Medicaid Financing: Dangers of Block Grants and Per Capita Caps Summary and Full Report
Since 1965, Medicaid has been providing affordable access to health care for children, workers, seniors, and persons with disabilities through a shared state-federal funding arrangement. Medicaid provides health insurance for one in five Americans, including 83 percent of children living in poverty; 48 percent of children with special health care needs; 45 percent of nonelderly adults with disabilities; and more than 60 percent of nursing home residents. Medicaid covers about one-third of the non-elderly Black and Hispanic populations and 15 percent of the white population. People of color are more likely to be insured by Medicaid because of systemic racism and economic oppression that has denied them access to quality jobs, including those that provide health insurance.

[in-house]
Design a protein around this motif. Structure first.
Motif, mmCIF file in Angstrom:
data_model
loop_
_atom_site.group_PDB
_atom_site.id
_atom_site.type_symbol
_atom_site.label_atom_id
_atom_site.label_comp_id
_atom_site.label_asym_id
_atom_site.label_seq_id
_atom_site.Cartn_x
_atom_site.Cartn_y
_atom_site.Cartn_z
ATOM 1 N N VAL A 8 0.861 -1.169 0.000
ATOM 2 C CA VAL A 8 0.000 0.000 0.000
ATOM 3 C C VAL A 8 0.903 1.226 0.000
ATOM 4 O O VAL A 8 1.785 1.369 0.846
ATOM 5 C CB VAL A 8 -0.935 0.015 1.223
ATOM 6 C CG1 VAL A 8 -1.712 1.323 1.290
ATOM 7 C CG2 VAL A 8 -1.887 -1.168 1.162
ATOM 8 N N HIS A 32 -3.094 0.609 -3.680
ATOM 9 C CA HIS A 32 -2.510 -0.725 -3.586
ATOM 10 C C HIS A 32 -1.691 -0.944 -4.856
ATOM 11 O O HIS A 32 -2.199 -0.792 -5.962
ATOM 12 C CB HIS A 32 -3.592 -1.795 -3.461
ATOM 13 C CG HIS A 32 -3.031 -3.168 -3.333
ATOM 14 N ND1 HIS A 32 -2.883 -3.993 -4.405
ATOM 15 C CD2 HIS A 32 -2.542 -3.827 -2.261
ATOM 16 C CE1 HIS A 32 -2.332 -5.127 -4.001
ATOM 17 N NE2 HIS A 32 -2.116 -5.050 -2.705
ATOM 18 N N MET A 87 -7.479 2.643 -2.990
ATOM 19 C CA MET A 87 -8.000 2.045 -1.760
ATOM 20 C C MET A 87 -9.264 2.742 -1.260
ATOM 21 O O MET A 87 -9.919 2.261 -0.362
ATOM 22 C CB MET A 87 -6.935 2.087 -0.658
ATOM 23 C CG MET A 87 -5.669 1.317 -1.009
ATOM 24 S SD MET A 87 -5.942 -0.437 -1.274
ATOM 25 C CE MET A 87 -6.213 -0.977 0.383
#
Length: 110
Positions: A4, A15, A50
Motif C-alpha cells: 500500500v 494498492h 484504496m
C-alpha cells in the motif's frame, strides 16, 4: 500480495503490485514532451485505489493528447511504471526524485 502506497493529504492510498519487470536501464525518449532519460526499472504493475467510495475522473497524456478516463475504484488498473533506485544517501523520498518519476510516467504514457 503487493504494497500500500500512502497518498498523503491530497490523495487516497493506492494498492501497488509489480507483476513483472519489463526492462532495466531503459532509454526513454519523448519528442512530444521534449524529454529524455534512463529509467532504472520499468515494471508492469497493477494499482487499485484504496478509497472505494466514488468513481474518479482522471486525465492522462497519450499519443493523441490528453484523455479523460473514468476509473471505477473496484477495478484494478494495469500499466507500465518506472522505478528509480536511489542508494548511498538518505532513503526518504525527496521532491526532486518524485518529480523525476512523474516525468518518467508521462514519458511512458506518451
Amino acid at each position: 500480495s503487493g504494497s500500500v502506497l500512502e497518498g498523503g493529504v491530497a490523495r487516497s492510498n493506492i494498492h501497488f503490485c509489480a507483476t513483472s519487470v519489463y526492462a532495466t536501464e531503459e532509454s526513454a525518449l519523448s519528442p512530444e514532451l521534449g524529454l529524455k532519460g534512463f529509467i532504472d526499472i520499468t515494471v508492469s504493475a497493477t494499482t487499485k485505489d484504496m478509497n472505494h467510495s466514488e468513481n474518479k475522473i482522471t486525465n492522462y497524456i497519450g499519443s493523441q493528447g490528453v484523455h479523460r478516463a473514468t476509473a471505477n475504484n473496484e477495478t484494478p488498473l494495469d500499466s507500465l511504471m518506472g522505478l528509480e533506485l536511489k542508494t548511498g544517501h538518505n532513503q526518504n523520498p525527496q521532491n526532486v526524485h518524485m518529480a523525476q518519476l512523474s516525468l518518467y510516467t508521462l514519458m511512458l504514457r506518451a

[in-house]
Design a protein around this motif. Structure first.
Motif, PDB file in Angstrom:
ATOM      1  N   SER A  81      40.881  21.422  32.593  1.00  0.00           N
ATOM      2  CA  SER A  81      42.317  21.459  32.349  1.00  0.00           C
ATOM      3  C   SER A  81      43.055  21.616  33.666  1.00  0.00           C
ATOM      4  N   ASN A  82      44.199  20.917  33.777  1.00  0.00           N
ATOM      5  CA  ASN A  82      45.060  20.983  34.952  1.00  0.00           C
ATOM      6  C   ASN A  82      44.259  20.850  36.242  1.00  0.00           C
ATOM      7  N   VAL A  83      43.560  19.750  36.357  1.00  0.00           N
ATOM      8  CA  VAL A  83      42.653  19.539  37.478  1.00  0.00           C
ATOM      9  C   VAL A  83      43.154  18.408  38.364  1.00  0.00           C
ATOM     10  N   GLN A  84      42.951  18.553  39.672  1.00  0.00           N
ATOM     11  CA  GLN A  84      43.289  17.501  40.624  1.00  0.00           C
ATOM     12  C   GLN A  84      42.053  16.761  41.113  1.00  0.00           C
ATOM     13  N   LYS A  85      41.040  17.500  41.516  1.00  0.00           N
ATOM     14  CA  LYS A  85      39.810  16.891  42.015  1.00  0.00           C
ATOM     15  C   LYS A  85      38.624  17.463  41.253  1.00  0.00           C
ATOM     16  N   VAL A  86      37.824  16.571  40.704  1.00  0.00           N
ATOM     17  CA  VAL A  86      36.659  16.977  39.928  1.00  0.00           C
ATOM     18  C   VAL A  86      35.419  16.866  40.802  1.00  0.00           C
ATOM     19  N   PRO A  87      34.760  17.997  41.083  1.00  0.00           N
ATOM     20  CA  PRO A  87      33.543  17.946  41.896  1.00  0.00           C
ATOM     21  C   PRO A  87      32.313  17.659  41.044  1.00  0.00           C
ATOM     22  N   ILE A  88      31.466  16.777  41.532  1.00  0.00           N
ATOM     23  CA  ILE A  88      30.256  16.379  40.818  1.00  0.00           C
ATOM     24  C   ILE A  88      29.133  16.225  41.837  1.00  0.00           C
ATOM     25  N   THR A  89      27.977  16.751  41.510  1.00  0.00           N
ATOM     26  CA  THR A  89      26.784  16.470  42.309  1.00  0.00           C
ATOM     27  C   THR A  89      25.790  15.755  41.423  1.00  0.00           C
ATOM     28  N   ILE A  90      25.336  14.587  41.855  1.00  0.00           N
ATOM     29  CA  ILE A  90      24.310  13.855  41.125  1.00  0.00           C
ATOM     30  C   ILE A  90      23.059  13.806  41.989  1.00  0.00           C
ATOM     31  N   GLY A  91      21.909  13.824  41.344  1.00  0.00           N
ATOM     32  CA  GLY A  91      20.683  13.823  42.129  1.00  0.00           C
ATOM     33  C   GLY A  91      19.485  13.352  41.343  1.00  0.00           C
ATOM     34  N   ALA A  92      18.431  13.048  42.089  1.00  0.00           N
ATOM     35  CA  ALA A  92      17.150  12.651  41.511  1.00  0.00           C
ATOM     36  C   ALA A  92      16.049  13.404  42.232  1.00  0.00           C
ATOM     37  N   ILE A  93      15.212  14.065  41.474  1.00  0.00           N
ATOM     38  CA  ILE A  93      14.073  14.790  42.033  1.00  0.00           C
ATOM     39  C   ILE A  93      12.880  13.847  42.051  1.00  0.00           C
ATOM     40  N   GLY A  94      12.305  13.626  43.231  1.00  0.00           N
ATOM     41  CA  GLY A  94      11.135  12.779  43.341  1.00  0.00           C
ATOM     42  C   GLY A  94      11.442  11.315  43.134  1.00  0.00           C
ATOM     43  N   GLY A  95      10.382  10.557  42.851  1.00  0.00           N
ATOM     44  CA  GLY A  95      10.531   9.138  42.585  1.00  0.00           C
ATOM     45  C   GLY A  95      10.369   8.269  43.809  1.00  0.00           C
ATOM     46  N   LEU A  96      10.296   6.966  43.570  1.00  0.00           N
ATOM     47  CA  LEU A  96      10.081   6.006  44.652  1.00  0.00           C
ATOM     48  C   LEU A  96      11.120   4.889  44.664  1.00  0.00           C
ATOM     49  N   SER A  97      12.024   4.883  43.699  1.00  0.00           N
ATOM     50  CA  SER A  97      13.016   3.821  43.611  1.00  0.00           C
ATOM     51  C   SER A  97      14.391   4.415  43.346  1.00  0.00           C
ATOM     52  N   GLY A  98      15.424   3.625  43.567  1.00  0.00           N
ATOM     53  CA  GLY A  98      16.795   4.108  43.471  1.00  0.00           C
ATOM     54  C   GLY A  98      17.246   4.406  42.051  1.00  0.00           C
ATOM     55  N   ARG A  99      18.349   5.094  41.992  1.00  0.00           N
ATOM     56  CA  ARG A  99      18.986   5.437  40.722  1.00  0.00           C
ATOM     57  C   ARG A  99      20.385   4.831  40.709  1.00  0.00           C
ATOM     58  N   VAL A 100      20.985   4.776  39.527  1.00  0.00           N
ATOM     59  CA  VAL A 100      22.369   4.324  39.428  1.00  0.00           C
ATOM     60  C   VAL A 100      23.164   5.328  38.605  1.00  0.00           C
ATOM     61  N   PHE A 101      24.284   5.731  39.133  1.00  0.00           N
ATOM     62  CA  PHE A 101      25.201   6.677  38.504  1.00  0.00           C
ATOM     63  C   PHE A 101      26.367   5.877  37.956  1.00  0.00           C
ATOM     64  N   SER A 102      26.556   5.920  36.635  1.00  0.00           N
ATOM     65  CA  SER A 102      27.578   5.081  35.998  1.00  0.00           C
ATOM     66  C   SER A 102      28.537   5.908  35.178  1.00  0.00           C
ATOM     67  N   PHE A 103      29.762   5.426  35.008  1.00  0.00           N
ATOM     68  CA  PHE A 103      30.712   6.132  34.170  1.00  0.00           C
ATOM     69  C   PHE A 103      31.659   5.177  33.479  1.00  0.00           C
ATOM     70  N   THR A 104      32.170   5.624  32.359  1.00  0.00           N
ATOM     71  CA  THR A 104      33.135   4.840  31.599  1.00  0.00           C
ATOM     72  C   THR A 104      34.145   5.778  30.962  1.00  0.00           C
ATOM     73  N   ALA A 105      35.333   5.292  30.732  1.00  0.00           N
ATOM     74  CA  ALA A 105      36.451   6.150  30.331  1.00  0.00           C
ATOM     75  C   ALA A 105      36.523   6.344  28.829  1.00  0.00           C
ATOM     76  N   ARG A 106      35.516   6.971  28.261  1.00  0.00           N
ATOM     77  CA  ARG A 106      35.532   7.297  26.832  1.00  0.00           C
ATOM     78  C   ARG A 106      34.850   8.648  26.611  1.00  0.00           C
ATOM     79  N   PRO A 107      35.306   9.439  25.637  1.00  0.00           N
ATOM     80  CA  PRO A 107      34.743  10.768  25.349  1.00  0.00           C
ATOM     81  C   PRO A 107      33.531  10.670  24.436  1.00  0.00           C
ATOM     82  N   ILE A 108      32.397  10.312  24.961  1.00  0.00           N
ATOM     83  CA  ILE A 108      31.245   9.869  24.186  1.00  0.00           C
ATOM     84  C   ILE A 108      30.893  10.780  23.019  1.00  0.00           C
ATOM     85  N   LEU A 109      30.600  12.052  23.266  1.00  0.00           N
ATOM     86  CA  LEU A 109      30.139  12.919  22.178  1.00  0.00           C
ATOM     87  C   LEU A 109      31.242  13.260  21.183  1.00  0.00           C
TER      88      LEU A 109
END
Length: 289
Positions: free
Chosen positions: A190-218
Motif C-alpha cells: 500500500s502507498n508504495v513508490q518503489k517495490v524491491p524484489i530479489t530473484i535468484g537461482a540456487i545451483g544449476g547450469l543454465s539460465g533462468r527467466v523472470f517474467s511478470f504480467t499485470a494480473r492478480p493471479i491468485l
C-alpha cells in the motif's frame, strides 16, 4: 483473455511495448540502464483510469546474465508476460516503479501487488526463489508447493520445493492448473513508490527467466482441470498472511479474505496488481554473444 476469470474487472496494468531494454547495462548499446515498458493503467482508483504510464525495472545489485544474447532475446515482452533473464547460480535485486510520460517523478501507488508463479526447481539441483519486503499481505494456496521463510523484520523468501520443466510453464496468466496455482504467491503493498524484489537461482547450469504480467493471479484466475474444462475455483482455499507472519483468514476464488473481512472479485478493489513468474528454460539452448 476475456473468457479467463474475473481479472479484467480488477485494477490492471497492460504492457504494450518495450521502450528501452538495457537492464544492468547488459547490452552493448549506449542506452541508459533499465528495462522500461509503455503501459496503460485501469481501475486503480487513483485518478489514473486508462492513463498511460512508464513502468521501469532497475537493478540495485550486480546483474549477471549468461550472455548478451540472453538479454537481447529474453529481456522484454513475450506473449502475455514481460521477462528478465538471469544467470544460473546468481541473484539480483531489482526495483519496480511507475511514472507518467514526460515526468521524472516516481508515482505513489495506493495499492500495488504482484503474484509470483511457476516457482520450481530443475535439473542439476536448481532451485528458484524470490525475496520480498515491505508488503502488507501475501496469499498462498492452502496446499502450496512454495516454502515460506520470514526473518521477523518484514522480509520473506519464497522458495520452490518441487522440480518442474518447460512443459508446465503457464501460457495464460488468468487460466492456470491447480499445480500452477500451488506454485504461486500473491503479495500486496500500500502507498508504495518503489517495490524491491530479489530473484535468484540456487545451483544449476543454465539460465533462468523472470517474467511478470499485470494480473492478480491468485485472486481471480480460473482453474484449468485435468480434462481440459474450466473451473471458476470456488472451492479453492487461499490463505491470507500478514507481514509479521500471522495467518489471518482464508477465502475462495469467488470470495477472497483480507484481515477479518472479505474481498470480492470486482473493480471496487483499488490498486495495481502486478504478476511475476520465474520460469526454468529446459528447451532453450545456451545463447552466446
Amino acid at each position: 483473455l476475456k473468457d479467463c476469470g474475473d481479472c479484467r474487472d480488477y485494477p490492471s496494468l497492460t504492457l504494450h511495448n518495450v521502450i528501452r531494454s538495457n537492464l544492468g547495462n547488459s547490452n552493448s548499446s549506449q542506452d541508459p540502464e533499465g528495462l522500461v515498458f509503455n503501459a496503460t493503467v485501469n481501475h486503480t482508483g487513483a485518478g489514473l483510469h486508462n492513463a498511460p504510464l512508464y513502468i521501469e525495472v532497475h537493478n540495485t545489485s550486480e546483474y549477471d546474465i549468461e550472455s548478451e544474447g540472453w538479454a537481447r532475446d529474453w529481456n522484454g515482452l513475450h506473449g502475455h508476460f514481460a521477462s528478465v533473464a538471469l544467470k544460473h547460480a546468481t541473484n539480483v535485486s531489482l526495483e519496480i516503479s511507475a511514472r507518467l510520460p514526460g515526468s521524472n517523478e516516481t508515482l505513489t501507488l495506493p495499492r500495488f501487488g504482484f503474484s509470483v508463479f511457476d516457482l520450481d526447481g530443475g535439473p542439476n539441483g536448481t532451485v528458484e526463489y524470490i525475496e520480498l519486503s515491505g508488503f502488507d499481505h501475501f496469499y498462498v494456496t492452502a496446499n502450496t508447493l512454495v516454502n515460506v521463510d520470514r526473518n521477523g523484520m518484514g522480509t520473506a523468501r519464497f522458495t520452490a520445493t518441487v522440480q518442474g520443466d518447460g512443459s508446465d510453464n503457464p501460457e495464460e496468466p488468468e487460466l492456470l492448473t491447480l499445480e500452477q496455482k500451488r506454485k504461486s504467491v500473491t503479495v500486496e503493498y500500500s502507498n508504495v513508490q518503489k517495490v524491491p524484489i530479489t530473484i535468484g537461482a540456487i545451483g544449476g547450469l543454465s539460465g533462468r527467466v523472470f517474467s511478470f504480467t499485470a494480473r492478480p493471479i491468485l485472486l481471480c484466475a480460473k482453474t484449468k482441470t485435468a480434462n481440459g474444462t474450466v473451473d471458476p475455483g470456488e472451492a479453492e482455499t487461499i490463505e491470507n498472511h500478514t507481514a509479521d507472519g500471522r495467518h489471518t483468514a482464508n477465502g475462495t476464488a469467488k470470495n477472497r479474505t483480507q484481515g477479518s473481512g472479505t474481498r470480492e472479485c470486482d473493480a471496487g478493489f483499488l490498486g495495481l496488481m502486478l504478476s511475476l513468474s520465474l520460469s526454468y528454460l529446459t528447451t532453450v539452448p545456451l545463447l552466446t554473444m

In 2017, Congress repeatedly rejected proposals to change Medicaid’s financing to a block grant structure, which would provide states with a capped amount of federal funds and shift the risk of increased costs to states. Nonetheless, in January 2020, the federal Centers for Medicare and Medicaid (CMS) released guidance to states encouraging them to use waiver authority to apply for per capita caps—which would provide states with a set amount of dollars per Medicaid enrollee—and eventually block grants. This updated brief draws lessons from the experiences under TANF and CCDBG to explain the harmful effects that could be expected from a Medicaid block grant or per capita cap.